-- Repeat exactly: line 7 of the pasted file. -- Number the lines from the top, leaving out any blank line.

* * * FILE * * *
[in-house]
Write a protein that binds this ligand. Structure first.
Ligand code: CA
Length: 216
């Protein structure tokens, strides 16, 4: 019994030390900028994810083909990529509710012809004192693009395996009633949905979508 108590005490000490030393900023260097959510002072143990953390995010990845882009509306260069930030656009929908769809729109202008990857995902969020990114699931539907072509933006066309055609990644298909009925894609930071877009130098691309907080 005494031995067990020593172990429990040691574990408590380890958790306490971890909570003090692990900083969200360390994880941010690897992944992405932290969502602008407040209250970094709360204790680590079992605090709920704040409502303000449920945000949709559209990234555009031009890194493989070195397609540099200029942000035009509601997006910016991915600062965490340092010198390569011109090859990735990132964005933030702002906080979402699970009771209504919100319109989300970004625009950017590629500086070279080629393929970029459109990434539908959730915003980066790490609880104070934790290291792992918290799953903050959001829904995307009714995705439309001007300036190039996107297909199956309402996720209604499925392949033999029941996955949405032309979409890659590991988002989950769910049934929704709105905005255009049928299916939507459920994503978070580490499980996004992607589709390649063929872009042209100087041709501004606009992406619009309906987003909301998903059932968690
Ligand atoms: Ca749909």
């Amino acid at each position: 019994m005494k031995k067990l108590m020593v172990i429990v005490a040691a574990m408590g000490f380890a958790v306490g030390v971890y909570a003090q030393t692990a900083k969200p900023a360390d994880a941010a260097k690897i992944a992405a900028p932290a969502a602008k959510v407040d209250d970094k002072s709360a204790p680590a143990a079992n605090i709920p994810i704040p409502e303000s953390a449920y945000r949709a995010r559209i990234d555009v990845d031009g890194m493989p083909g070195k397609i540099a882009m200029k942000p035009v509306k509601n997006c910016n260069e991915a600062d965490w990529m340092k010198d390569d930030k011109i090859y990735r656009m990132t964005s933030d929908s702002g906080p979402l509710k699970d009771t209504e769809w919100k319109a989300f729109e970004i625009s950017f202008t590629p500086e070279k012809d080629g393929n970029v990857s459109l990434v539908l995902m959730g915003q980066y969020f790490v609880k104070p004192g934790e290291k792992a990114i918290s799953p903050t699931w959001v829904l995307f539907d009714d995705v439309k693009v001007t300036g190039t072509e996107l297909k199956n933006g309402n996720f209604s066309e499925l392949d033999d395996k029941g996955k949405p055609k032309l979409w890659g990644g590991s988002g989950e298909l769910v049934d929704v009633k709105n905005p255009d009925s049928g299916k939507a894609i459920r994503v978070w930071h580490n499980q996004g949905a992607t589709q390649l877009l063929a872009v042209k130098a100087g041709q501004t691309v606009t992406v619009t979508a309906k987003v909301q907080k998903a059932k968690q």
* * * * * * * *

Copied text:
């Amino acid at each position: 019994m005494k031995k067990l108590m020593v172990i429990v005490a040691a574990m408590g000490f380890a958790v306490g030390v971890y909570a003090q030393t692990a900083k969200p900023a360390d994880a941010a260097k690897i992944a992405a900028p932290a969502a602008k959510v407040d209250d970094k002072s709360a204790p680590a143990a079992n605090i709920p994810i704040p409502e303000s953390a449920y945000r949709a995010r559209i990234d555009v990845d031009g890194m493989p083909g070195k397609i540099a882009m200029k942000p035009v509306k509601n997006c910016n260069e991915a600062d965490w990529m340092k010198d390569d930030k011109i090859y990735r656009m990132t964005s933030d929908s702002g906080p979402l509710k699970d009771t209504e769809w919100k319109a989300f729109e970004i625009s950017f202008t590629p500086e070279k012809d080629g393929n970029v990857s459109l990434v539908l995902m959730g915003q980066y969020f790490v609880k104070p004192g934790e290291k792992a990114i918290s799953p903050t699931w959001v829904l995307f539907d009714d995705v439309k693009v001007t300036g190039t072509e996107l297909k199956n933006g309402n996720f209604s066309e499925l392949d033999d395996k029941g996955k949405p055609k032309l979409w890659g990644g590991s988002g989950e298909l769910v049934d929704v009633k709105n905005p255009d009925s049928g299916k939507a894609i459920r994503v978070w930071h580490n499980q996004g949905a992607t589709q390649l877009l063929a872009v042209k130098a100087g041709q501004t691309v606009t992406v619009t979508a309906k987003v909301q907080k998903a059932k968690q």